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New Property Law Section

Mediacom-Release-New-Zealand-Law-Society

Property lawyers, who are facing considerable challenges to their practice, now have a stronger national voice with the launch in Wellington today of the Property Law Section of the New Zealand Law Society.

The section was launched (at 12.30pm) by Christine Grice, who took over as President of the New Zealand Law Society this morning, and by the Chair of the section's new Executive Committee, Lindsay Lloyd, who is a partner in the Christchurch firm Macfarlane Dougall Stringer.

Sections are a relatively recent innovation within the New Zealand Law Society. Rather than a geographical grouping, they enable lawyers who practise in the same specialist area of law to pursue their particular issues. They operate with a substantial degree of autonomy and are able to represent the interests of their members with a strong voice at the national level from a broad base of representation.

The establishment of the section is significant as it comes at a time when property lawyers face many changes and challenges to the way in which they practise, including proposals to allow non-lawyers to undertake conveyancing and lawyers to sell real estate. Property Law Section Chair Lindsay Lloyd said that nearly half of all lawyers practised property law.

Launching the section on a Friday, he said, was significant as that was the traditional settlement day for many residential and commercial transactions.

"An integral part of that process is the solicitors' undertaking and the giving of solicitors' certificates to institutions, steps which are often an unrecognised or an under-valued aspect of the transaction."

New legislation, including the Building Act and Resource Management Act, had impacted significantly on property transactions, he said, noting that there would also soon be new legislation relating to property ownership rights for non-married couples. Changes in the use of land were also putting pressure on traditional statutory structures and adding to the complexity of property transactions. These included developments such high-rise apartment buildings, retirement villages, malls, marinas, even homes situated on the ninth hole of a golf course.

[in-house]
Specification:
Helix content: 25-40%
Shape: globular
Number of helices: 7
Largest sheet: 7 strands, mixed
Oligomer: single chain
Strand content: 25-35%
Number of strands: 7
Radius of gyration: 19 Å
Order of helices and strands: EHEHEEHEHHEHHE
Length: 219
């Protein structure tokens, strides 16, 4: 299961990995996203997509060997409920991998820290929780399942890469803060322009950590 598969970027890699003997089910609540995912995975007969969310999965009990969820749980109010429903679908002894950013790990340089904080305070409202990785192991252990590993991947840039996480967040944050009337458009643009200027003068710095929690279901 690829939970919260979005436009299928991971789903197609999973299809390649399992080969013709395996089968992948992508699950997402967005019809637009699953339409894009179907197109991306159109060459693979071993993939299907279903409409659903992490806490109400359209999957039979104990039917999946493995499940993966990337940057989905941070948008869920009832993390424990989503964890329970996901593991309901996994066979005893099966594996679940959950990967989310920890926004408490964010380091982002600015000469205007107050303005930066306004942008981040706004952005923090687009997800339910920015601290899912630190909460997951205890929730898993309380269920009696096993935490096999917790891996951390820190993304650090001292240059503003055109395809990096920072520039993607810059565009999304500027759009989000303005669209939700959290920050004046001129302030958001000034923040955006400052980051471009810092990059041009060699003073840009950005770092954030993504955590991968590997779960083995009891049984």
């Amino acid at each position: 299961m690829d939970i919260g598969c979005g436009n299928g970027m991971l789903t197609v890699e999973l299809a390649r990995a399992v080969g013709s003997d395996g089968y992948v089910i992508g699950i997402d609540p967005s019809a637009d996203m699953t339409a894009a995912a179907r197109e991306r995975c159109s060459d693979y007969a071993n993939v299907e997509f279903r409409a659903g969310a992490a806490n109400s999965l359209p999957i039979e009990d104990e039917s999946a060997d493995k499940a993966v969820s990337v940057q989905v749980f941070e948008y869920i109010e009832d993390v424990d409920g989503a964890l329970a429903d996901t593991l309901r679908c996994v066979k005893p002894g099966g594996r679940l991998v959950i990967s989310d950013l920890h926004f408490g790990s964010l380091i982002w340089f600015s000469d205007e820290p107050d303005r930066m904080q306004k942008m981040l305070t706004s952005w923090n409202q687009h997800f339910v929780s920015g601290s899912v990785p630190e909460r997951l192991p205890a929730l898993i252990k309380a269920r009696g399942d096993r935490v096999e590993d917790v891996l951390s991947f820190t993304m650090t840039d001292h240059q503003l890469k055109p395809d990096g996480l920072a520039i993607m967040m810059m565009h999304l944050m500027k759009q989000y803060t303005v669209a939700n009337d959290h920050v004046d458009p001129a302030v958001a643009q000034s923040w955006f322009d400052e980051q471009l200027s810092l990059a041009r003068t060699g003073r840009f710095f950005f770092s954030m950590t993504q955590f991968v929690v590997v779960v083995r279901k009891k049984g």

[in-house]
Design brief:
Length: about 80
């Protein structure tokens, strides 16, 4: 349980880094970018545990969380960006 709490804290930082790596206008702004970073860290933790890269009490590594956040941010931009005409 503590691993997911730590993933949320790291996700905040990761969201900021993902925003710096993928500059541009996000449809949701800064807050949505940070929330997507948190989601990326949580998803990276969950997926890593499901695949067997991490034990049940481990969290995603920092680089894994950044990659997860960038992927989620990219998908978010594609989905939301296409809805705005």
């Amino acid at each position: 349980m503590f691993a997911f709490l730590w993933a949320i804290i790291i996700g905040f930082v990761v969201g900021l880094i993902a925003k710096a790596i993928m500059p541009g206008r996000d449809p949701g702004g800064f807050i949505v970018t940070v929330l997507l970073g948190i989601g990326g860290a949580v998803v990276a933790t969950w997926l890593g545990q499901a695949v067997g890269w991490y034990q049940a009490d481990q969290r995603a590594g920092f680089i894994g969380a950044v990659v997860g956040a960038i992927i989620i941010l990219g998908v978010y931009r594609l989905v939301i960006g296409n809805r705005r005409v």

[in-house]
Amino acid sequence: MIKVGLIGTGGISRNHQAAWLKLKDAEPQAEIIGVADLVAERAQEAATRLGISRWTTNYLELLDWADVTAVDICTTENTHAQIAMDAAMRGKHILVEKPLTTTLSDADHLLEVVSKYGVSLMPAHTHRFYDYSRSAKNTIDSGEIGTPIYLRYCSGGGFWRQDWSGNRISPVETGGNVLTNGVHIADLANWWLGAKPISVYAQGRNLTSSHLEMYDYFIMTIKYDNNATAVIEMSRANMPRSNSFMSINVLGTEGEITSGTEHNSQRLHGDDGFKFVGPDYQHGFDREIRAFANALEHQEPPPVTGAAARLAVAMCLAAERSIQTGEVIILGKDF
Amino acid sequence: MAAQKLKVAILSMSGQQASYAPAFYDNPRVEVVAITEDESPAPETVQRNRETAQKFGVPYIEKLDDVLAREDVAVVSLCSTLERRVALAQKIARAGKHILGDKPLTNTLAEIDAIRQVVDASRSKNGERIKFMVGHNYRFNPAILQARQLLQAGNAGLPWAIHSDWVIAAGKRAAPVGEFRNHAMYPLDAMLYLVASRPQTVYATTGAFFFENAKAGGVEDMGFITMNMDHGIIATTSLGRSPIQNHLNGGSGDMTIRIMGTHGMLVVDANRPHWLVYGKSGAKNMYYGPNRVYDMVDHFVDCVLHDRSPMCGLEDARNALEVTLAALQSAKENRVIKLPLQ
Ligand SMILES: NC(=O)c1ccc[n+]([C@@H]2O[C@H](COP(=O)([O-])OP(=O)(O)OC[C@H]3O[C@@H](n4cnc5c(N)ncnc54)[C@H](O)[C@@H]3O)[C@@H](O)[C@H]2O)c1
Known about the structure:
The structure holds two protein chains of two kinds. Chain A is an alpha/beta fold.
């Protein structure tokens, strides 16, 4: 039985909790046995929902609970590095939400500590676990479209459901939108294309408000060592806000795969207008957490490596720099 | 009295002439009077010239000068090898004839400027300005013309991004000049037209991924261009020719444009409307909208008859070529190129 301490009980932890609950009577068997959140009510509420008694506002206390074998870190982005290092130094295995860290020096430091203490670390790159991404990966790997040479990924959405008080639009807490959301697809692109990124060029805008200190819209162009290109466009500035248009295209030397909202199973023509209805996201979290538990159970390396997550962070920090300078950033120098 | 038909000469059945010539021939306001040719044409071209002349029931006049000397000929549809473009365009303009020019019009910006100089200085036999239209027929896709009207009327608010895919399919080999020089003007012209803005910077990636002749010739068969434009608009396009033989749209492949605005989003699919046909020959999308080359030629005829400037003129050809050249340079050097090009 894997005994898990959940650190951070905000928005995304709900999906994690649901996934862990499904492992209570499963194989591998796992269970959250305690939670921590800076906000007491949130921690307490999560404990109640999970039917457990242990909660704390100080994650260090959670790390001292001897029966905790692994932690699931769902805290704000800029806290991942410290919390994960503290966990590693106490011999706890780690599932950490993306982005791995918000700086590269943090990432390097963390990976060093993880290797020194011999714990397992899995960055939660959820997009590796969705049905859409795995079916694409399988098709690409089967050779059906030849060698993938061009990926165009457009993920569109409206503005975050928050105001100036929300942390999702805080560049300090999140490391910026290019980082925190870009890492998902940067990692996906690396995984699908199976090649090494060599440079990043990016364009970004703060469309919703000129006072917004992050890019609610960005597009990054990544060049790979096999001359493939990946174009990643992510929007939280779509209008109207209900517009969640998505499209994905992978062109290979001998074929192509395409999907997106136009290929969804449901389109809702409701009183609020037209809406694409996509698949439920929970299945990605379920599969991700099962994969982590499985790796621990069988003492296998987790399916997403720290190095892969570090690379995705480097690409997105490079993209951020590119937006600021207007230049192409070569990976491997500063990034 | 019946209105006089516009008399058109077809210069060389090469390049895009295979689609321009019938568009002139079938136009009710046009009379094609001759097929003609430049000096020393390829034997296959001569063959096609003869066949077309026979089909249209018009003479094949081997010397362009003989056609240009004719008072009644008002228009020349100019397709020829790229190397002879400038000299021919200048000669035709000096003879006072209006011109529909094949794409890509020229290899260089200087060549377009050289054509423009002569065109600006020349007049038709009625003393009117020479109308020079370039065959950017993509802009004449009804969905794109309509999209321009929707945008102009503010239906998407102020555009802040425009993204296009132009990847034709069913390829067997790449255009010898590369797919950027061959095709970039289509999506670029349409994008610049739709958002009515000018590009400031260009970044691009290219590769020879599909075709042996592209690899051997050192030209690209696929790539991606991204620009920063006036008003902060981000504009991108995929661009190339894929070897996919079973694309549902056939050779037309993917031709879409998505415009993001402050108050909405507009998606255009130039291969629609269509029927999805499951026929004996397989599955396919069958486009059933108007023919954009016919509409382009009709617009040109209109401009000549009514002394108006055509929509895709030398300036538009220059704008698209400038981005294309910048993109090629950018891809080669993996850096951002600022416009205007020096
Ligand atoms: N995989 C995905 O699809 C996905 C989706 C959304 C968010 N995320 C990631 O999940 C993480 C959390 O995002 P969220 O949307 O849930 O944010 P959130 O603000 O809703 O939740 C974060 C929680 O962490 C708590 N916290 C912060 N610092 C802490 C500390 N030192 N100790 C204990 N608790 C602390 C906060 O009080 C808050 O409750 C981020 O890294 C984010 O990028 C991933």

"All require careful thought and advice on the various rights and obligations that arise for all parties concerned," he said. Referring to a cross-pollination of business activities and lifestyles, Lindsay Lloyd said that the rural sector was not immune. "These days many towns are surrounded by `five acre blocks' - many of which are used for horticultural business purposes. These encompass all three traditional areas of property practice - rural, residential and commercial.

"A more complex world means that instead of a one-page contract, which was the norm in most property transactions in this country until the late `70s, we now have an eight-page closely-printed sale and purchase agreement."

Property lawyers also faced new challenges in the areas of Maori land law, and the advice required when dealing with new and often multiple family relationships and the growth in the number of trusts.

"It is all new. It is all challenging. It is all stimulating. It provides the impetus for the Property Law Section being launched today."

An object of the section, he said, was to continue to protect and promote the interests of the public in property law matters. "For many people property transactions often represent the bulk of their life savings, or a substantial portion of their investment/retirement capital. They, together with banks and commercial organisations, expect and rely on the integrity and skill of the property lawyer to protect their interests.

"Property lawyers distinguish themselves from others who may offer conveyancing services by the breadth of their experience and their ability to collate and consider the wider implications of any particular transaction.

"No aspect of law can be practised in a vacuum and it is inevitable that any part of a property transaction will have an impact on other areas of life - such as family, marriages, partnerships, trusts, wills, resource consents and balance sheets to name a few," Lindsay Lloyd said.

The Property Law Section has a website (www.nz- lawoc.org.nz ls ls.htm) which will list members geographically to enable people to contact property lawyers easily.

ENDS

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